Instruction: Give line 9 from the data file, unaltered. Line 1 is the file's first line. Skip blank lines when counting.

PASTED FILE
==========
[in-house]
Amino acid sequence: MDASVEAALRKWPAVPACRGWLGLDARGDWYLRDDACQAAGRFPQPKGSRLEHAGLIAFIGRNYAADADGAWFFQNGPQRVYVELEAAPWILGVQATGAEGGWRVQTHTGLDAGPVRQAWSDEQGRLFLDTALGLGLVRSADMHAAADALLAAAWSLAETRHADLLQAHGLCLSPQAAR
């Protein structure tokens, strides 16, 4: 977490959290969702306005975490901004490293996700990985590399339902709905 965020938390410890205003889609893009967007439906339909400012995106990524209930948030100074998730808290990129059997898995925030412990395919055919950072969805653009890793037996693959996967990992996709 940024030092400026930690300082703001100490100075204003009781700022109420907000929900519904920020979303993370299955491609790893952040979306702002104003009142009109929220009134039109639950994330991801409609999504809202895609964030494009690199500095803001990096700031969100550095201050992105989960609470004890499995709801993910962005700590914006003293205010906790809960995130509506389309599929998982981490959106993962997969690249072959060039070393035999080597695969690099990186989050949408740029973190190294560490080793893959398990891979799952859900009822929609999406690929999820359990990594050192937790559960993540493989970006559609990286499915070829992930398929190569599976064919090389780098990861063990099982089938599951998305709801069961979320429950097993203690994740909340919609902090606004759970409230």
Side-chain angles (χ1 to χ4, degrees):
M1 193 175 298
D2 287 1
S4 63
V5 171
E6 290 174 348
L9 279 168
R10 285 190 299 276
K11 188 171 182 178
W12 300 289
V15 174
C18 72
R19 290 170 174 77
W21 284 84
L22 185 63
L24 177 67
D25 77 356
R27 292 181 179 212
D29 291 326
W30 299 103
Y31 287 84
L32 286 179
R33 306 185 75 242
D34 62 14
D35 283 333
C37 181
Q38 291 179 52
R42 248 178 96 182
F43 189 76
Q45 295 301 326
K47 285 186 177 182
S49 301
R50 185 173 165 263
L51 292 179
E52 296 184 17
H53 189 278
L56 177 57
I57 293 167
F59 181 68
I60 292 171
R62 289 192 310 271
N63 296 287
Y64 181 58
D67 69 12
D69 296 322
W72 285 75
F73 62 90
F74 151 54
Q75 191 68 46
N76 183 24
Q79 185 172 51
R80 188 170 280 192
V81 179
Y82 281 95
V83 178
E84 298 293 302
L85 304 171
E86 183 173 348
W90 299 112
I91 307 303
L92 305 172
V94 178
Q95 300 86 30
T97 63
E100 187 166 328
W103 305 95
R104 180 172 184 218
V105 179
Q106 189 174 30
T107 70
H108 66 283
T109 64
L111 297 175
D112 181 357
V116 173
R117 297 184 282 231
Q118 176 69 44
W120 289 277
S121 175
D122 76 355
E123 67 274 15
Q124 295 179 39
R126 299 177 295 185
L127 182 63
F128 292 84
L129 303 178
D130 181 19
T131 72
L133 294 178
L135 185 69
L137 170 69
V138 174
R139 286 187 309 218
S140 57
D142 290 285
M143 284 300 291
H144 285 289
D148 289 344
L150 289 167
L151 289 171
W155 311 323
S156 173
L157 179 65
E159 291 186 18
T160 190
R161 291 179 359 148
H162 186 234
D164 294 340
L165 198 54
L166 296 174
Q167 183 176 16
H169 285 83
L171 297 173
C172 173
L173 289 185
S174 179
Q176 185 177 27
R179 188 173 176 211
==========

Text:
E6 290 174 348